Sweden officers’ salaries raised

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SWEDEN – After arguing about how much to pay town employees, residents voted Wednesday night to compensate two part-time workers far less than what selectmen asked.

The special meeting on employee pay was attended by about 64 people and was a continuation of the annual March town meeting. At that meeting, townspeople refused to approve the salaries selectmen recommended for the treasurer, clerk and administrative assistant, two of whom are related to two of the selectmen.

For the treasurer, Frances Flint, selectmen had asked that the pay jump from $6,739 to $16,900 this year. And for the clerk, Kelley-Marie Lavoie, selectmen asked that the compensation increase from $1,929 to $16,900.

Selectmen clarified Wednesday that they would pay by the hour – $13 per hour for roughly 20 hours per week – but that the employees would likely earn less than these totals.

Flint is Selectman Dana Nason’s mother, and Lavoie is married to Selectman Lenny Lavoie.

Ken Forde, who is on the town Budget Committee, proposed at the meeting to instead pay the treasurer $9,500 for 2006 and to compensate the clerk $6,900, and to not pay by the hour.

His motions passed, 40-23 and 41-23, respectively, by secret ballot.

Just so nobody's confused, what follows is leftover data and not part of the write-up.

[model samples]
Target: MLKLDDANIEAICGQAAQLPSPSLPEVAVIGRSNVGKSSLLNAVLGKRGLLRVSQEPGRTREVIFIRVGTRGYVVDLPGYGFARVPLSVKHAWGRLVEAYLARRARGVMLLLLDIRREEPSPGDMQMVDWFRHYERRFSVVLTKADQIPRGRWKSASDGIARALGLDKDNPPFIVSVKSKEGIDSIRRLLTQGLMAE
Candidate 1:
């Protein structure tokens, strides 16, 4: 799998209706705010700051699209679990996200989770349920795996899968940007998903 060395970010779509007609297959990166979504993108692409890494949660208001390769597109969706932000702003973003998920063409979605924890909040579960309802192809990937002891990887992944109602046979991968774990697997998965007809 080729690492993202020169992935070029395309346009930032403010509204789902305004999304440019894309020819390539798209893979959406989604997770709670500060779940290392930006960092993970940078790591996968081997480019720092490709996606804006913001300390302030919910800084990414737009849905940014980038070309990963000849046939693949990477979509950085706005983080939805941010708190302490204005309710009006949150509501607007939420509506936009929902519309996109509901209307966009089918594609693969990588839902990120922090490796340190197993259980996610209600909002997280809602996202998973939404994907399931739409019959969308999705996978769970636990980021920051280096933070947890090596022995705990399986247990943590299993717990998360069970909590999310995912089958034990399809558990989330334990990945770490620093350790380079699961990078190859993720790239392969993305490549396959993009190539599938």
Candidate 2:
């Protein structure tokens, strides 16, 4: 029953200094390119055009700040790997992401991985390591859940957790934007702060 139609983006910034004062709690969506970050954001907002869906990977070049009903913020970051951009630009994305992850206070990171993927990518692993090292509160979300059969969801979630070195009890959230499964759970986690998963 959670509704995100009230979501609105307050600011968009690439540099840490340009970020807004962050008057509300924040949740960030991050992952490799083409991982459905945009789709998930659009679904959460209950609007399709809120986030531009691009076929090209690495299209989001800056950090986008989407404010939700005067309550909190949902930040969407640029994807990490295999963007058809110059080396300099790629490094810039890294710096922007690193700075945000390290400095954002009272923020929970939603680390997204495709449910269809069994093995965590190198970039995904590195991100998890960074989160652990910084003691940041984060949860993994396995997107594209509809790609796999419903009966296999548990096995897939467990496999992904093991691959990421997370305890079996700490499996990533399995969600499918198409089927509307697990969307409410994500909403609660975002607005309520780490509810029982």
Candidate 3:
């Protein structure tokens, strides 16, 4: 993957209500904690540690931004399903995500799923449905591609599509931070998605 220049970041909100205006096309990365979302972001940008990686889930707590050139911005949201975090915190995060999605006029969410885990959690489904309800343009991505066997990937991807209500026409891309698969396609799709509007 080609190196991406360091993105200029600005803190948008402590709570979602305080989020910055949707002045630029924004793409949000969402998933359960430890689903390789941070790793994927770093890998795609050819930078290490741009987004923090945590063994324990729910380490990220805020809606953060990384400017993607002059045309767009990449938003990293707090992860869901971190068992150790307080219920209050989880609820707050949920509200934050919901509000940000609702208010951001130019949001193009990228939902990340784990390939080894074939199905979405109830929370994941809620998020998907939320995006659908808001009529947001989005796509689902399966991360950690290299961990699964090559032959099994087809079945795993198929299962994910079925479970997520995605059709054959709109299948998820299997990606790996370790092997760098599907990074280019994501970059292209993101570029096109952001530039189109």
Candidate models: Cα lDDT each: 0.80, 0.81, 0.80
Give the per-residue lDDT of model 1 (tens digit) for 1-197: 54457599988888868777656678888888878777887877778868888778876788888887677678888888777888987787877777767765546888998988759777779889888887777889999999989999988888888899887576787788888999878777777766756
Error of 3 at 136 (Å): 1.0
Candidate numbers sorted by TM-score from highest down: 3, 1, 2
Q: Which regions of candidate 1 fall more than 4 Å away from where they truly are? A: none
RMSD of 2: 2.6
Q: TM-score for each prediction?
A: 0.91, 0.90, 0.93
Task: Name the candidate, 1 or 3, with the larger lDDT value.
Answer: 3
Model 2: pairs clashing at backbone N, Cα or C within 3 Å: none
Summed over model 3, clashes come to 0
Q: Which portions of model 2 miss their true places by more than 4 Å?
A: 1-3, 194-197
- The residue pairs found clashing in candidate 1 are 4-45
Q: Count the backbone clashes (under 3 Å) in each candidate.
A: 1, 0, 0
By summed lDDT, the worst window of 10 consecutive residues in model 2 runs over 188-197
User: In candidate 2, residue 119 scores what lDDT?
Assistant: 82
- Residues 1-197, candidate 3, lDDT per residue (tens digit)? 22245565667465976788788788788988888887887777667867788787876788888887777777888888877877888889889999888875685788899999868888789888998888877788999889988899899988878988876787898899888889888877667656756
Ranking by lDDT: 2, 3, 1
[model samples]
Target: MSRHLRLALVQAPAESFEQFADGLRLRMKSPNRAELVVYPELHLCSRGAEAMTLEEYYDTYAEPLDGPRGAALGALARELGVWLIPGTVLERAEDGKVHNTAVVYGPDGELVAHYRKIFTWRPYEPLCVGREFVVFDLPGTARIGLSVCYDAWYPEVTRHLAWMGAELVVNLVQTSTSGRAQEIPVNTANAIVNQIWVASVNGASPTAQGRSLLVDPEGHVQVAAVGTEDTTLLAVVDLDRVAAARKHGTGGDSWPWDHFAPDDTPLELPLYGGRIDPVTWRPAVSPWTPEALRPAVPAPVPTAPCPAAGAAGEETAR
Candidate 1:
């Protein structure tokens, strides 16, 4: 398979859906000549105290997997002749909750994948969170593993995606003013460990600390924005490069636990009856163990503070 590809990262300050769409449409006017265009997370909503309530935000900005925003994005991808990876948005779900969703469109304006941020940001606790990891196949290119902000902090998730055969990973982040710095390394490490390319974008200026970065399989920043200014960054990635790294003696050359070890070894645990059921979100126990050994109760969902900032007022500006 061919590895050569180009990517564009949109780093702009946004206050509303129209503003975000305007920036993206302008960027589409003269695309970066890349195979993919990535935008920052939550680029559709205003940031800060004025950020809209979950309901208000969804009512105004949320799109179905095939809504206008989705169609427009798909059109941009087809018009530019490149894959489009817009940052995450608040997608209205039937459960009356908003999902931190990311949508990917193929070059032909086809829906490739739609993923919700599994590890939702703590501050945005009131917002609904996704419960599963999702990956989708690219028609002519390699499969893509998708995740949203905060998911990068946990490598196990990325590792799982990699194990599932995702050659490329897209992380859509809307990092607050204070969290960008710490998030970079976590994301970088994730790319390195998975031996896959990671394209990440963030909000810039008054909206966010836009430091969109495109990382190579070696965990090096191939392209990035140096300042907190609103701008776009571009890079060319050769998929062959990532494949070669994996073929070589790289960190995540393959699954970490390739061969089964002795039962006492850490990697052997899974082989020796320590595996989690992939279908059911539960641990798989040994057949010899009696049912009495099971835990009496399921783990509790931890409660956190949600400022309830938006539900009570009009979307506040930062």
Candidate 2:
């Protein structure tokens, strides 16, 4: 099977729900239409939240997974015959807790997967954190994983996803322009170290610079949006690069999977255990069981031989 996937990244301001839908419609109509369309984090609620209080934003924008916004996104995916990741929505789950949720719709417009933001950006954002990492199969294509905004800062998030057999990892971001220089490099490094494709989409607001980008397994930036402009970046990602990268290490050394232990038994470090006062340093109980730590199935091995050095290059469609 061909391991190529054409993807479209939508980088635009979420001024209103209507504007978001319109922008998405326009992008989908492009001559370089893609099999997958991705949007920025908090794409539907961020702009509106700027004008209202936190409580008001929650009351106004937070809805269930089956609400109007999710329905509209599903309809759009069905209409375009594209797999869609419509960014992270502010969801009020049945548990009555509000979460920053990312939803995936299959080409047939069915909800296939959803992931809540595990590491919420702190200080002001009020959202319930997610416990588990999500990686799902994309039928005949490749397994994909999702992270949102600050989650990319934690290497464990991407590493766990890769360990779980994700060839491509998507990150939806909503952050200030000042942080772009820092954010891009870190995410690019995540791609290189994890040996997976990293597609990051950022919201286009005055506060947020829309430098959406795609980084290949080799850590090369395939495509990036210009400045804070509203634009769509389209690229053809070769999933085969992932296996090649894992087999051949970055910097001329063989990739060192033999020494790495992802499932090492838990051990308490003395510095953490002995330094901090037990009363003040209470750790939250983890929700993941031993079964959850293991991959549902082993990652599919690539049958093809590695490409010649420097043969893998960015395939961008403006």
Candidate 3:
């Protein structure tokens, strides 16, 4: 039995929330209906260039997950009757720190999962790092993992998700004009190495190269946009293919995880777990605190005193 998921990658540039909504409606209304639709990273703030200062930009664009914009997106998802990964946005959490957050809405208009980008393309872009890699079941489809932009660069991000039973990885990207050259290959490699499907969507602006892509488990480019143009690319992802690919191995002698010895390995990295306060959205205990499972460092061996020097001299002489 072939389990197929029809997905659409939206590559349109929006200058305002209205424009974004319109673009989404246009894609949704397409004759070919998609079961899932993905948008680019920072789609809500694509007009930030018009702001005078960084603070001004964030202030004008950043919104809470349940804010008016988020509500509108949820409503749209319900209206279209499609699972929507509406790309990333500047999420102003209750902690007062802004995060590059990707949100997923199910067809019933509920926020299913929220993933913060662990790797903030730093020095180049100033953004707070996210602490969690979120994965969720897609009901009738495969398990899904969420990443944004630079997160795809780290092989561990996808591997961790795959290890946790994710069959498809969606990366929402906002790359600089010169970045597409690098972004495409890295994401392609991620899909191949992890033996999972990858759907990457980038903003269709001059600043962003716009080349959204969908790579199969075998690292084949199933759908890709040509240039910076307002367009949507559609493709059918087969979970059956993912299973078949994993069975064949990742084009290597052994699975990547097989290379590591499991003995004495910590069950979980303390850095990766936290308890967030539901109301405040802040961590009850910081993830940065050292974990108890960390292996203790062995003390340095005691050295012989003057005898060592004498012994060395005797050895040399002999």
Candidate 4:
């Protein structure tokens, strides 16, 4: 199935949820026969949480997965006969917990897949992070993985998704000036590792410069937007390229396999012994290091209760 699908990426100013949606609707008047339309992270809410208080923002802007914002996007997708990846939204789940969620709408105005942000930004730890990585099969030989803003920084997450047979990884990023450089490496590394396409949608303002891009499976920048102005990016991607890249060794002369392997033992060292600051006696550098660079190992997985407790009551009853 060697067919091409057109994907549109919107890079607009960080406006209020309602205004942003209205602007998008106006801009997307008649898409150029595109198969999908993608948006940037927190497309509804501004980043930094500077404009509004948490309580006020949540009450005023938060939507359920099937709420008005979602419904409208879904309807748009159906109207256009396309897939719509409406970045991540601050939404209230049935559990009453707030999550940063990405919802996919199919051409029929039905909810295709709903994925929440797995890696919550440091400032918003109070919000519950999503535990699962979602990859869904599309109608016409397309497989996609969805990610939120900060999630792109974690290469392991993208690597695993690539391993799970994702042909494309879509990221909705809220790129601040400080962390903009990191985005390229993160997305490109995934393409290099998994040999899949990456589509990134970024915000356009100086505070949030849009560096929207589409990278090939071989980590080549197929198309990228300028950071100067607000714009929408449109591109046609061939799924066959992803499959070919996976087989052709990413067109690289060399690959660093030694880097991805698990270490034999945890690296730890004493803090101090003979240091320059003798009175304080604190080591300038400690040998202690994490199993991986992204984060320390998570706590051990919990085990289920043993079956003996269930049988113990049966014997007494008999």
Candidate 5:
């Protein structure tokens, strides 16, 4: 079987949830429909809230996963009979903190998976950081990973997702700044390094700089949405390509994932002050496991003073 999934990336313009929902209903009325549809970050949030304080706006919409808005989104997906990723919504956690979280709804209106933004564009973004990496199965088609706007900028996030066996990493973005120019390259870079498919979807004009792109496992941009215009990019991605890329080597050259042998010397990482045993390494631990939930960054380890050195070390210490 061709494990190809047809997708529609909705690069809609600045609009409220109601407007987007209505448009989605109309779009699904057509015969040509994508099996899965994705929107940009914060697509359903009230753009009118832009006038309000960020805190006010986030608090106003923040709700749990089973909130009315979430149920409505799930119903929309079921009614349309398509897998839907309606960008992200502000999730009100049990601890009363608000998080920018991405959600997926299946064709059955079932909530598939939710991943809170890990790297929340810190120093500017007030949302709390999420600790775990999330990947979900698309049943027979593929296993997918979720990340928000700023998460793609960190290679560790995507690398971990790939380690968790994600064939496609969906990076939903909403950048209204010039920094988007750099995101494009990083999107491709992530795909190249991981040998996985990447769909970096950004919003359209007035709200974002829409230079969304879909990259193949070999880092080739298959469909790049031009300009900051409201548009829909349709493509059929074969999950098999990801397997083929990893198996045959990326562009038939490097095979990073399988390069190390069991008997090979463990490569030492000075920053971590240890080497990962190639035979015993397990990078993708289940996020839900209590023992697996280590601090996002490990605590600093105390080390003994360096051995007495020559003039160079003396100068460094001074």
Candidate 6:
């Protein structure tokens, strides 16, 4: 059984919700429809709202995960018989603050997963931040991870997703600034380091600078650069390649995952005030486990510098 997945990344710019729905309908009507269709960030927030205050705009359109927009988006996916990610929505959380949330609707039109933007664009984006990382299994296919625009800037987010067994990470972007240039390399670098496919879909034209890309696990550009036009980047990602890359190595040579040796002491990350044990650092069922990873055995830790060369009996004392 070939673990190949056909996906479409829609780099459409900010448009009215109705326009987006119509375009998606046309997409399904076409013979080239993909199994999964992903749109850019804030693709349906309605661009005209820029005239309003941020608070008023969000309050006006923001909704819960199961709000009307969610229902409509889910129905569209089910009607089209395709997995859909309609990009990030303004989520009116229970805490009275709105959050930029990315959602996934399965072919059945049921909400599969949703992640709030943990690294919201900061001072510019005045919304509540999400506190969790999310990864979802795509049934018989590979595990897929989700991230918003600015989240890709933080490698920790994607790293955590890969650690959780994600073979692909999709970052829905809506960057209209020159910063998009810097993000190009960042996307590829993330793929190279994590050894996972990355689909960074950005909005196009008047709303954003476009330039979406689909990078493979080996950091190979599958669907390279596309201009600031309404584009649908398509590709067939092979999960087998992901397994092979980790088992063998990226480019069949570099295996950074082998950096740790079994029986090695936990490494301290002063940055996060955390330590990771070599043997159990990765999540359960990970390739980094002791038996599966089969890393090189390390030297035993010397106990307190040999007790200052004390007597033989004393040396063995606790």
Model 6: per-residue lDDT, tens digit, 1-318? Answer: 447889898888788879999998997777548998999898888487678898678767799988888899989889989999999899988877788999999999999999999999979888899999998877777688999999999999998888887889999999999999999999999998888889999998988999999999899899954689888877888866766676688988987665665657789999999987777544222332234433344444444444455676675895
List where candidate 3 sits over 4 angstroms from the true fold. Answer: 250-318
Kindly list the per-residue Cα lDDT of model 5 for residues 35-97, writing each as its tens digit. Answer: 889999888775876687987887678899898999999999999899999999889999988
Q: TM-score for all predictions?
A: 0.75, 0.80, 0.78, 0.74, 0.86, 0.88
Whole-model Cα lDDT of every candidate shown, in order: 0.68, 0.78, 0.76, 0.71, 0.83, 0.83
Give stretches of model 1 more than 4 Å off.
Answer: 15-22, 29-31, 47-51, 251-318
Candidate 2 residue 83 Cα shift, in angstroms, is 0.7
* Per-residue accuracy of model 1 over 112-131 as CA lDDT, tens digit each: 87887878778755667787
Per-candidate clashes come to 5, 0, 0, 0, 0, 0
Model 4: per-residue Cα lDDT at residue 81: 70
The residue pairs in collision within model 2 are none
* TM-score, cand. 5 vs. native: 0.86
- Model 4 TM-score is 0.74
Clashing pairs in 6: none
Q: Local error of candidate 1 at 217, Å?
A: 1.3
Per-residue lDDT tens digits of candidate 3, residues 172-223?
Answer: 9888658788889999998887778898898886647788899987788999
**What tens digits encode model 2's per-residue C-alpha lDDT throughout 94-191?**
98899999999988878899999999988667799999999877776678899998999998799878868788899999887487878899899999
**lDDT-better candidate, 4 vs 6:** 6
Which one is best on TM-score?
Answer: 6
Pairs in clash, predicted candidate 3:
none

Sweden has about 370 people, and many residents have questioned how much town employees actually have to work to service such a small town. The employees and selectmen say the employees work many hours per week, both at the town office and at home, and should be compensated for their time and effort.

At the Wednesday meeting, several irate residents pointed out that selectmen had promised townspeople they would form a committee to examine the jobs and propose appropriate pay.

Resident Sam Black asked the meeting moderator to allow people there to vote to definitively to form such a committee, and he recommended it comprise three to five townspeople – as well as one selectman “not related to any employee.”

“There’s a lot of confusion about job descriptions,” Black said, adding that selectmen never substantiated the salary requests.

Meeting moderator, Vern Maxfield, who is Woodstock’s town manager, said Black’s request was not allowable at Wednesday’s meeting, but he supported the town’s need to establish clear policies outlining job descriptions and the appropriate way to compensate them.

Also causing some confusion at the meeting, Nason explained that this type of information had been provided to a committee of citizens prior to the meeting, and after they had evaluated the salary proposals and the numbers of hours worked, had presumably backed selectmen.

But it was not readily clear who sat on this committee.

Ballot Clerk Jane Gibbons said that a group had studied the 22 towns in Maine with fewer than 1,000 people and found that the average wage for treasurer was $8.83 per hour and the tax collector was $12.53 per hour.

After the new salaries were approved, Lenny Lavoie asked rhetorically, “How many hours will we be open?” referring to the new town building. He answered, “One hour a week.”

Mason said, “It’ll be $1 per hour.”

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